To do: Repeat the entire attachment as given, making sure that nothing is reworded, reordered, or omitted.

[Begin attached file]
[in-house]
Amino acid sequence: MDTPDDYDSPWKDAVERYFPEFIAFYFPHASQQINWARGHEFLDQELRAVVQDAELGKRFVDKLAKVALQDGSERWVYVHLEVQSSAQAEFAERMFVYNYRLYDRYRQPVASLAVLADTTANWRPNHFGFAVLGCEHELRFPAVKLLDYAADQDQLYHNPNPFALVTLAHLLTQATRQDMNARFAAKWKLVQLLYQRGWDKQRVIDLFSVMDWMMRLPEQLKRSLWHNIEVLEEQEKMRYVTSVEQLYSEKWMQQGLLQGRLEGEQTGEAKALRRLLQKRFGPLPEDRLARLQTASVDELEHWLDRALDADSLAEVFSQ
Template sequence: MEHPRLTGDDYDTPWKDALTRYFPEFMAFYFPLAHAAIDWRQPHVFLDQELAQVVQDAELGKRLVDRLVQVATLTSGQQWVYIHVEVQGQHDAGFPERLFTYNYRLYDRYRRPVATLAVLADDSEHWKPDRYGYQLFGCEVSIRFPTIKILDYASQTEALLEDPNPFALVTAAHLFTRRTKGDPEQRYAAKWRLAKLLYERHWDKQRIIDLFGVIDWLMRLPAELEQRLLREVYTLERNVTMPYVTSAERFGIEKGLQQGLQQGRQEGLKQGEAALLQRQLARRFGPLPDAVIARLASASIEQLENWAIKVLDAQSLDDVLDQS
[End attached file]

[in-house]
Amino acid sequence: MDTPDDYDSPWKDAVERYFPEFIAFYFPHASQQINWARGHEFLDQELRAVVQDAELGKRFVDKLAKVALQDGSERWVYVHLEVQSSAQAEFAERMFVYNYRLYDRYRQPVASLAVLADTTANWRPNHFGFAVLGCEHELRFPAVKLLDYAADQDQLYHNPNPFALVTLAHLLTQATRQDMNARFAAKWKLVQLLYQRGWDKQRVIDLFSVMDWMMRLPEQLKRSLWHNIEVLEEQEKMRYVTSVEQLYSEKWMQQGLLQGRLEGEQTGEAKALRRLLQKRFGPLPEDRLARLQTASVDELEHWLDRALDADSLAEVFSQ
Template sequence: MEHPRLTGDDYDTPWKDALTRYFPEFMAFYFPLAHAAIDWRQPHVFLDQELAQVVQDAELGKRLVDRLVQVATLTSGQQWVYIHVEVQGQHDAGFPERLFTYNYRLYDRYRRPVATLAVLADDSEHWKPDRYGYQLFGCEVSIRFPTIKILDYASQTEALLEDPNPFALVTAAHLFTRRTKGDPEQRYAAKWRLAKLLYERHWDKQRIIDLFGVIDWLMRLPAELEQRLLREVYTLERNVTMPYVTSAERFGIEKGLQQGLQQGRQEGLKQGEAALLQRQLARRFGPLPDAVIARLASASIEQLENWAIKVLDAQSLDDVLDQS